Margaret Dashwood Outtakes, Part One

In honor of Jane Austen’s birthday, I decided to post a few scenes from early drafts of Margaret Dashwood and the Enchanted Atlas. I imagine Lucy and Robert Ferrars might be mortified to realize that they didn’t survive the editor’s knife. (All errors in the French are mine as my lovely translators never got a chance to see these scenes.)

From Chapter Five, draft 2.1:

Marriage, Margaret soon discovered, had done nothing to improve Lucy’s manner. After the company had settled themselves for tea, Lucy turned her attention to her sister-in-law.

“I suppose I should be surprised to see that you remain unmarried, Miss Dashwood. By the time I was your age, I had already been engaged for some time. Of course, my first engagement could hardly match my eventual marriage; nevertheless, one would hope that a woman of your age could have at least excited the interest of one beau.”

Margaret resisted the urge to reply.

“Margaret is only eighteen, Mrs. Ferrars,” said Mrs. Dashwood. “Her sister Elinor was older than that when she married dear Edward. I have no fear that Margaret will marry when she is ready.”

“Oh, of course she will; after all, her sisters managed to make relatively good marriages,” said Lucy.

“But I believe,” Fanny interjected, “that Marianne and Elinor were quite lucky. Such felicity cannot be expected to occur a third time.”

“No.” Lucy’s agreement was emphatic. “And Marianne had her great beauty and vivacity to recommend her to someone like Colonel Brandon, while everyone knows Elinor has a steady head. But Margaret, what qualities does she demonstrate? She possesses neither Marianne’s shining beauty nor Elinor’s common sense. No, I am afraid—” But what it was that Lucy was afraid of, she could not say.

Margaret had had enough of Lucy’s prattle and, deciding the benefit outweighed the risk, performed a spell that would make the next few days bearable. She held in her mind an image of Lucy’s mouth moving but producing no sound as she whispered, “Je prends votre voix et le mettre dans ma poche.” It was a quaint little spell from an old book. The whimsy of the incantation had pleased her: “I take your voice and put it in my pocket.” Nevertheless, she had translated it to French.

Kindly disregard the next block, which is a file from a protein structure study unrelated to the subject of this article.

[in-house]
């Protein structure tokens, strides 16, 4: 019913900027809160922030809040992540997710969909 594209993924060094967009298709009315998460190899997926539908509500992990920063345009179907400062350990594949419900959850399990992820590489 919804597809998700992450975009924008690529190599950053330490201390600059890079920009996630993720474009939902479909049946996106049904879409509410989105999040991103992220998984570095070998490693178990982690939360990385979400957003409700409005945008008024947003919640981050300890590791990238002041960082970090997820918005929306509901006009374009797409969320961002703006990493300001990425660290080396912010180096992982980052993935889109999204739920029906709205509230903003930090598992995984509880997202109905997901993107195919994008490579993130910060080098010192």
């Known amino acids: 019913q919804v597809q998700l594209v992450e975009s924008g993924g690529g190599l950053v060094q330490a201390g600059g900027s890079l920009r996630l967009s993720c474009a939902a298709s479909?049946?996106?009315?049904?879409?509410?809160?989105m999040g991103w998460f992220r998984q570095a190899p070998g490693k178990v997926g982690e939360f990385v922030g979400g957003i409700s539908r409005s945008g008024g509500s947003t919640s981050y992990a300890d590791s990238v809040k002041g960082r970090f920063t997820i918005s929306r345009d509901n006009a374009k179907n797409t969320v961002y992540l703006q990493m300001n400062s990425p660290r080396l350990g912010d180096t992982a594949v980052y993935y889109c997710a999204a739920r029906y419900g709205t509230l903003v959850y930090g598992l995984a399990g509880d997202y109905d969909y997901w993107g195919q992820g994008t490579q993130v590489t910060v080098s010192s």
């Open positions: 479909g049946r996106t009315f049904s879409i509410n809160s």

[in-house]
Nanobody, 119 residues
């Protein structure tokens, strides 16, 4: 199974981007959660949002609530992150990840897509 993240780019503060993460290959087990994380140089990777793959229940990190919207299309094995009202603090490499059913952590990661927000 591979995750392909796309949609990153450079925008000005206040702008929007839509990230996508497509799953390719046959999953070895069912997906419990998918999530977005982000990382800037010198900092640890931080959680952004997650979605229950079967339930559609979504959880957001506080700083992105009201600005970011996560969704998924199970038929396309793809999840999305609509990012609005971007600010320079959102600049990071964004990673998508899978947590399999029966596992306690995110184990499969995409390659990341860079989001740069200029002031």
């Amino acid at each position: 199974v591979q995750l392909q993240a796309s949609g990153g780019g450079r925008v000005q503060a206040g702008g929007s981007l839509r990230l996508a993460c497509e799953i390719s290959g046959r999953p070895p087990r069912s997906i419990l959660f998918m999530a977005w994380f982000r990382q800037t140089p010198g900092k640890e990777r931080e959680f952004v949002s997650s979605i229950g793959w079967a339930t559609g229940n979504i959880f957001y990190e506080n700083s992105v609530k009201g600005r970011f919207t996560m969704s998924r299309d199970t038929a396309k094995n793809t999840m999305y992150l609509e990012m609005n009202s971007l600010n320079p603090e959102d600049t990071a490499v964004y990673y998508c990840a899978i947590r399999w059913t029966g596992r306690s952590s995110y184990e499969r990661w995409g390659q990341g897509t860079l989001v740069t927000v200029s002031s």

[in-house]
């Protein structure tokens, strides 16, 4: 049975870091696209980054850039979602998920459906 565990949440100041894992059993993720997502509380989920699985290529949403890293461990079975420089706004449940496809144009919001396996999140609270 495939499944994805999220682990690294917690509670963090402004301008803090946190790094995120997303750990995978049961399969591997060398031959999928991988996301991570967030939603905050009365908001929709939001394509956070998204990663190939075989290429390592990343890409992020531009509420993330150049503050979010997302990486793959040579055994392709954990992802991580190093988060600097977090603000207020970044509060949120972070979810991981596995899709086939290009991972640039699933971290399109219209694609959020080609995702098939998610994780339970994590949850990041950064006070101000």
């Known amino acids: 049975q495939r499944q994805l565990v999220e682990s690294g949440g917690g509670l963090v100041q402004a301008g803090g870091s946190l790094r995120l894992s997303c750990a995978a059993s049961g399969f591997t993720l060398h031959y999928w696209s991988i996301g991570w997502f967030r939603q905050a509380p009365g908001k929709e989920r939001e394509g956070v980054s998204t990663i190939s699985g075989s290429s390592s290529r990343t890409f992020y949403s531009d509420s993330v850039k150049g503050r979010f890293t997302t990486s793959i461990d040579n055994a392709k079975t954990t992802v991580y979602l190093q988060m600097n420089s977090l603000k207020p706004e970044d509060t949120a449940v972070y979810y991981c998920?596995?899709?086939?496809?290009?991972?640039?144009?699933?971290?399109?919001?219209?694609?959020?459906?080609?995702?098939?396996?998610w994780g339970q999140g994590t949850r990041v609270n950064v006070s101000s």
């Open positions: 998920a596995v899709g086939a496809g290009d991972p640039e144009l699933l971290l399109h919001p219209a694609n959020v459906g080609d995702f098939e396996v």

Lucy realized immediately that something was amiss.

“Lucy? What has happened?” Fanny asked.

Lucy, eyes wide, shook her head and tried speaking again. She gestured frantically to her throat.

“You have lost your voice?” Fanny said, almost as frantic.

Lucy nodded.

“John, Robert!” The men stopped their conversation and attended the women.

“What is it, my dear?” John asked.

“Lucy seems to have lost her voice mid-sentence!”

John turned to Lucy. “Is this true?”

Lucy’s lips moved, forming the word “yes,” but no sound issued from her mouth.

“My dearest!” cried Robert, dropping to his knees in front of Lucy. “Try again. Slowly.”

Lucy mouthed a few more words, still unable to give her thoughts voice. Margaret arranged her face into a concerned expression. “Might another cup of tea help?” she suggested.

“Oh, yes, of course! Thank you, Miss Dashwood,” said Robert. Fanny bustled to the tea tray.

“Here, Lucy, dear, drink this,” Fanny said.

Lucy sipped her tea delicately and then set the tea aside. Aware of the company’s attention, she made much of clearing her throat. Again Lucy opened her mouth and again nothing issued forth.

“Not to worry, my dear,” said Robert. “You are merely fatigued from our journey. Perhaps you should not try to talk for a few days.” Margaret hid her amusement at the relief in Robert’s voice.

Lucy nodded, looking bewildered. Fanny rose and said, “I shall take you to your room, my dear.” She took Lucy’s arm and led her from the room.

The remaining occupants looked at each other.

“My word,” said John. “I suppose that came upon rather suddenly. Perhaps we should send for the doctor?”

“Oh, no!” Robert replied hastily. “She has been feeling a little unwell lately. Rest and a ramble in the country will set her to rights.”

Lucy’s mysterious silence contributed to the happiness of nearly everyone at Norland Manor. Robert, ever solicitous of his wife, nevertheless enjoyed speaking without interruption. Their children played with raucous abandon, never inhibited by their mother’s scolding. Fanny fawned over her sister-in-law, taking obvious pleasure in coddling her. Even Lucy enjoyed the attention her sudden illness inspired. Margaret and her mother passed the remaining days of their visit in relative peace.